So it’s either one or more of these, or it’s the intentional sociopathic desire (reiterating Kohn) to cause kids stress (which they see as a ‘motivating’ force), to build frustration, to engender family conflict because of the previous two effects, to take time away from other activities (and subjects), and even perhaps to diminish their students’ interest in learning. (I suspect that parts of this attitude are quite literally true of at least a dozen of the people I have worked with in my time.)
One final ugly truth is that some kids do well DESPITE being given soul-crushing homework. And the minions scamper about excitedly thinking that they did well BECAUSE of it. This manufactured correlation is nothing more than an instance of the kind of self-justification bias you see happening in alternative-medicine believers and people who believe that washing their cars brings the rain. I’ll say it again: Homework is evil. Pure and simple.
So does this mean that teachers should never give homework? Of course not. It just means that the homework they do give needs to be better thought out and more deliberate in focus. ‘Practising’ X minutes per day is pure troll minionery (are you still there Maths teachers?). But thinking and engaging and reflecting takes kids to new heights where the air is crisp and the nasty trolls dare not go.
Specifically, a few ‘un-homework’ strategies include*:
- Flipped teaching. Here kids get to do the content acquisition at home and the application in class (with the guidance of their learning coach). (A word of caution, though, the flipped model requires a whole school approach, otherwise the time involved per day in watching videos and reading through information can become overwhelming.)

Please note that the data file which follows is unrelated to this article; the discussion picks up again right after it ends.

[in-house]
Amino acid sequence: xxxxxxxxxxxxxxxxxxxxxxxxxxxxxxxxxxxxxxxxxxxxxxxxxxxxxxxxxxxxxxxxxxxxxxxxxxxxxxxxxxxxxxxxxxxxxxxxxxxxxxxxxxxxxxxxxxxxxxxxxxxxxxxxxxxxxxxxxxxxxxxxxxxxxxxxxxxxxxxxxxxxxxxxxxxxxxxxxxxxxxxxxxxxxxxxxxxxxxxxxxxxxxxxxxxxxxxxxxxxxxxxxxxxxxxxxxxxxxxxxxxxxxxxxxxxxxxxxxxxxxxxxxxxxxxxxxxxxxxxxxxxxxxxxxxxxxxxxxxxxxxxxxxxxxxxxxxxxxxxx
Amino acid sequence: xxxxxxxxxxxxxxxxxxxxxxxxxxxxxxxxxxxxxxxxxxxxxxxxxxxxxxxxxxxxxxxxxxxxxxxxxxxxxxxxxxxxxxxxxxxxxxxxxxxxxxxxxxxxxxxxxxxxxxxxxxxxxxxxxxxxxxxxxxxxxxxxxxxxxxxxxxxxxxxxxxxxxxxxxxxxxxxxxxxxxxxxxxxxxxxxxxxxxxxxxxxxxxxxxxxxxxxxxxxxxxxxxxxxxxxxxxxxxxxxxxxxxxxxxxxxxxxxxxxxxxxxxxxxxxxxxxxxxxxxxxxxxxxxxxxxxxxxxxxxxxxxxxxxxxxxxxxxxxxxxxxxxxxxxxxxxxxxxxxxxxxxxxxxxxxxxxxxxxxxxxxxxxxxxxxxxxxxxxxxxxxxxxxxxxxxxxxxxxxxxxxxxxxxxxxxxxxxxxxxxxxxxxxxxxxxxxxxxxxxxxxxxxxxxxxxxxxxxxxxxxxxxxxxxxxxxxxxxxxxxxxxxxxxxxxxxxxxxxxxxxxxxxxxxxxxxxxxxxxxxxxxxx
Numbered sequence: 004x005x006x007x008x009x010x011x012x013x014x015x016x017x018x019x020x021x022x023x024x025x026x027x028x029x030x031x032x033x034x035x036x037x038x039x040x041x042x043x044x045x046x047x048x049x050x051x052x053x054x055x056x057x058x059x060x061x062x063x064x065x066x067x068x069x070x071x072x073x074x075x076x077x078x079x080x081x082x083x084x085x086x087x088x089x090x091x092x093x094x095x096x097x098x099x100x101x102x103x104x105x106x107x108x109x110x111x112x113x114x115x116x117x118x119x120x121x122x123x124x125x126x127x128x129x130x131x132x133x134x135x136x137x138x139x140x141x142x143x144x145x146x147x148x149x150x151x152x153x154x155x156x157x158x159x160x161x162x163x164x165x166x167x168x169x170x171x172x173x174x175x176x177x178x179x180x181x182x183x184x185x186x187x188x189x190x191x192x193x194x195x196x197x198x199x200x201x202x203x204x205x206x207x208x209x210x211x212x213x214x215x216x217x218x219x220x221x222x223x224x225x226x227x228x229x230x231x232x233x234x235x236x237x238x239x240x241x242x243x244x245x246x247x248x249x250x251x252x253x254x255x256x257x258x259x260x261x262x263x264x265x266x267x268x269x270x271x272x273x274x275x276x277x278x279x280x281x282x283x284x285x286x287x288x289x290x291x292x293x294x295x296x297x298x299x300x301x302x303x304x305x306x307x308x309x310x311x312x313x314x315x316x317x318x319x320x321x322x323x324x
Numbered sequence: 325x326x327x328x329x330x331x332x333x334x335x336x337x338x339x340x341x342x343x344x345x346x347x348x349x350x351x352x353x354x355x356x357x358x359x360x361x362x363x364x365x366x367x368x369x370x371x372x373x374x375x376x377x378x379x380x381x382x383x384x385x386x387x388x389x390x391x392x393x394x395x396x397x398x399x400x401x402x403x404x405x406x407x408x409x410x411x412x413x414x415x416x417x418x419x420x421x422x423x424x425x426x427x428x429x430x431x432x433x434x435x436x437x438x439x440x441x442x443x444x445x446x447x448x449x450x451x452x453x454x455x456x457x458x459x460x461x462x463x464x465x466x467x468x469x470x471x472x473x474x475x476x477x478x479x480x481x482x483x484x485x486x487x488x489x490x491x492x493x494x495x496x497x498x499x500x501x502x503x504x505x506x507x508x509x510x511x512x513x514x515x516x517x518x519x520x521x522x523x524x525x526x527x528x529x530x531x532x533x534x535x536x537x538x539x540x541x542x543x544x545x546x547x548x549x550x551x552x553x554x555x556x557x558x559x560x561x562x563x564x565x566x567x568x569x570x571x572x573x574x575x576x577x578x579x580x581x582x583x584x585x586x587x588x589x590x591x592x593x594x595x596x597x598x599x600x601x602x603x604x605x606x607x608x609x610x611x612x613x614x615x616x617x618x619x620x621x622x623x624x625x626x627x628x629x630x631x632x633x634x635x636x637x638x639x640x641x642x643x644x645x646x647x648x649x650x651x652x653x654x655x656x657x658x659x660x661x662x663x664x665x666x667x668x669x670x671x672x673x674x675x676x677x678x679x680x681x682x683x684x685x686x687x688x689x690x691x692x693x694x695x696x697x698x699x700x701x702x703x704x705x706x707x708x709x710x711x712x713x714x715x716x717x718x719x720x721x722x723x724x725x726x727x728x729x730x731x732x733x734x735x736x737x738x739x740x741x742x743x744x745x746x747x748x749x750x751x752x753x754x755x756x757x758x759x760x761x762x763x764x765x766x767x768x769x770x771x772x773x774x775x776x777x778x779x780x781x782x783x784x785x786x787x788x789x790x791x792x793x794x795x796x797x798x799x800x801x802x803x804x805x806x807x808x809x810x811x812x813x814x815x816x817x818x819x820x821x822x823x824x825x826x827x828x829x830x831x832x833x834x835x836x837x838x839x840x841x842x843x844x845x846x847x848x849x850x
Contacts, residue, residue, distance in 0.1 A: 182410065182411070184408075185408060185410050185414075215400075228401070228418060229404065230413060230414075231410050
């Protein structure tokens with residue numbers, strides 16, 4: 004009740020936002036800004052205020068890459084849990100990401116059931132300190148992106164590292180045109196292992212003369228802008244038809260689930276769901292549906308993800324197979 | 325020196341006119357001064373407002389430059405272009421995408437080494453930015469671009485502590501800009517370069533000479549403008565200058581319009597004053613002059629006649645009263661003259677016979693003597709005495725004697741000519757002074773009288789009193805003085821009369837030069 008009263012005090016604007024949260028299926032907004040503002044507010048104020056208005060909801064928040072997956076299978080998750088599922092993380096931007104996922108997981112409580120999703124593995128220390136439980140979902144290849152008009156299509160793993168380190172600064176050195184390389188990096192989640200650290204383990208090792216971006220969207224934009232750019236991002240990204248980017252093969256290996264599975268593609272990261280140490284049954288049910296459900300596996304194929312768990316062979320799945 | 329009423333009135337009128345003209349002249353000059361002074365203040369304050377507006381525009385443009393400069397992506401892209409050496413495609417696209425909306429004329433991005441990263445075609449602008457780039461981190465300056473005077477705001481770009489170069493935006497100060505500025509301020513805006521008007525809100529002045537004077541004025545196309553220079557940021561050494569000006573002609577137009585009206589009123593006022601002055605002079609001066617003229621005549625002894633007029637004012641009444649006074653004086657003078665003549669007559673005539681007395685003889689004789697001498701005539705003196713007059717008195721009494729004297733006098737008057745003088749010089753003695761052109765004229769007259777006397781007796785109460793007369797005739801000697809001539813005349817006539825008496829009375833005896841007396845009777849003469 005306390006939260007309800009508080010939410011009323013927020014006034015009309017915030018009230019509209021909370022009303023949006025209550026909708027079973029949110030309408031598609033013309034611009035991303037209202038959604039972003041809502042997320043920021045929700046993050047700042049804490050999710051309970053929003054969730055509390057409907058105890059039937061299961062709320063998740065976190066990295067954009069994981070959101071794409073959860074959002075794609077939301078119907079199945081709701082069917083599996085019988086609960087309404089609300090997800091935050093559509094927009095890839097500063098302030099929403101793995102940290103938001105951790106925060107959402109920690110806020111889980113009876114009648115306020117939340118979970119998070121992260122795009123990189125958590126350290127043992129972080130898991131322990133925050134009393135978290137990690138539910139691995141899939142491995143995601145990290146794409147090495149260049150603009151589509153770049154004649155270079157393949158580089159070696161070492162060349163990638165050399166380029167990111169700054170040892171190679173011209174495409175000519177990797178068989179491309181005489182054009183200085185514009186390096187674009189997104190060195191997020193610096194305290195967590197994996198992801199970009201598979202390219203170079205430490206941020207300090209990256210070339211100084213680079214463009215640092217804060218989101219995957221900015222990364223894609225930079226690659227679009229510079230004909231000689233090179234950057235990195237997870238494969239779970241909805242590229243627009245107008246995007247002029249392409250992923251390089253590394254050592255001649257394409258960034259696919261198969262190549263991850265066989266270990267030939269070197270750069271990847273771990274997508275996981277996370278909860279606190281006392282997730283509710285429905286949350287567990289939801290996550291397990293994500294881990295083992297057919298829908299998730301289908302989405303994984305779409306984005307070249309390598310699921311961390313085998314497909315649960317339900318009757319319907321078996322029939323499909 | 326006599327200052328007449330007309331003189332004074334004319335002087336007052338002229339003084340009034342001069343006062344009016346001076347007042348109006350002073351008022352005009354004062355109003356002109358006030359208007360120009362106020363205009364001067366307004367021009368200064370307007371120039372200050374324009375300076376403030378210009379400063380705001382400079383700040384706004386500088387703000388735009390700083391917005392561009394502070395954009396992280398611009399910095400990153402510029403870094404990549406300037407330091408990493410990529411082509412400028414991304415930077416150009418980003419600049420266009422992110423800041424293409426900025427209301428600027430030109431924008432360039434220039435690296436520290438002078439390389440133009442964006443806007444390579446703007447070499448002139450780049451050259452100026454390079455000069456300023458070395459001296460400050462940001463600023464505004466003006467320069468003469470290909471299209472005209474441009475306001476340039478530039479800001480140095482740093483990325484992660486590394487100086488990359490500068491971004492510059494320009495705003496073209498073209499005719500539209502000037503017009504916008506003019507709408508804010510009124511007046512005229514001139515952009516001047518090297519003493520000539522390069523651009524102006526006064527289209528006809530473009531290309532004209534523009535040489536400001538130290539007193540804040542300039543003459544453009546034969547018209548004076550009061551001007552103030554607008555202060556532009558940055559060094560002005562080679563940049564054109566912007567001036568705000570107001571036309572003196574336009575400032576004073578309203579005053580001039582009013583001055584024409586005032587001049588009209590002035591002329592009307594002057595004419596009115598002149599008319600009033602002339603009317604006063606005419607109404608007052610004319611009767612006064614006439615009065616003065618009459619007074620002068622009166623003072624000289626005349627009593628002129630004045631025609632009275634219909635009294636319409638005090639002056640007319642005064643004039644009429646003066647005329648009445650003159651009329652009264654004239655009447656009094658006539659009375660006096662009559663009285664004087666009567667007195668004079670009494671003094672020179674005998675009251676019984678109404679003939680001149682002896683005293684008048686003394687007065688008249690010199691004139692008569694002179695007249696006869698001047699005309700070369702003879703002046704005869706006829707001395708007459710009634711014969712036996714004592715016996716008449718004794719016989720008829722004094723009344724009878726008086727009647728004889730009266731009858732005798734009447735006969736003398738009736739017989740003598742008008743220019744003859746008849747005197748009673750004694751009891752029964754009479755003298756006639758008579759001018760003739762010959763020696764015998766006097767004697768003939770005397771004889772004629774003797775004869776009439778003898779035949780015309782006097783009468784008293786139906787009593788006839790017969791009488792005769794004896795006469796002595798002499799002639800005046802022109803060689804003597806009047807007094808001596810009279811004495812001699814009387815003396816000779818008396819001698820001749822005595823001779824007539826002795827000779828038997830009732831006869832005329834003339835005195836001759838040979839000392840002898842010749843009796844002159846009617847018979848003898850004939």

- Issuing homework which requires students to think through a problem or reflect on the day’s learning.
- Personalizing or customizing assignments which target an individual student’s strengths – and at the same time providing resources for when they get stuck. Ideally, the teacher also needs to be on standby and be prepared to be contacted if there is an unassailable issue.
- Making homework collaborative. Teachers set up secure social media or chat groups and pose a problem they can work on together. (Teachers who would rather kids do their own work clearly drift into the staff parking lot one minute before the bell and have never seen how kids copy down the previous day’s homework before they arrive.)
- Understanding that quality outweighs quantity every time. Teachers should give fewer, better learning topics as homework if they wish to make that home learning meaningful.
- Getting kids to collaborate on designing the homework task so that it will be meaningful and useful to them.
- And how about setting a whole school policy on homework? Teachers, parents and students should know that homework must not simply be busywork, that it shouldn’t be about marks.
THE END (OF THE ‘VENDING MACHINE’ PHILOSOPHY)
Since so much of this post was a reworking of what troll-crusher Alfie Kohn has to say, I’ll give him the final word:
Supporters of homework rarely look at things from the student’s point of view;… instead, kids are regarded as inert objects to be acted on: Make them practice and they’ll get better. My argument isn’t just that this viewpoint is disrespectful, or that it’s a residue of an outdated stimulus-response psychology. I’m also suggesting it’s counterproductive. Children cannot be made to acquire skills. They aren’t vending machines such that we put in more homework and get out more learning.
But just such misconceptions are pervasive in all sorts of neighborhoods, and they’re held by parents, teachers, and researchers alike. It’s these beliefs that make it so hard even to question the policy of assigning regular homework. We can be shown the paucity of supporting evidence and it won’t have any impact if we’re wedded to folk wisdom (“practice makes perfect”; more time equals better results).
On the other hand, the more we learn about learning, the more willing we may be to challenge the idea that homework has to be part of schooling.
Like he says.
* Many of these are lifted straight from Alfie once again. See the original articles below…
Rethinking Homework. http://www.alfiekohn.org/teaching/rethinkinghomework.htm
The Truth about Homework. http://www.alfiekohn.org/teaching/edweek/homework.htm
You can also follow Alfie on Twitter at http://twitter.com/alfiekohn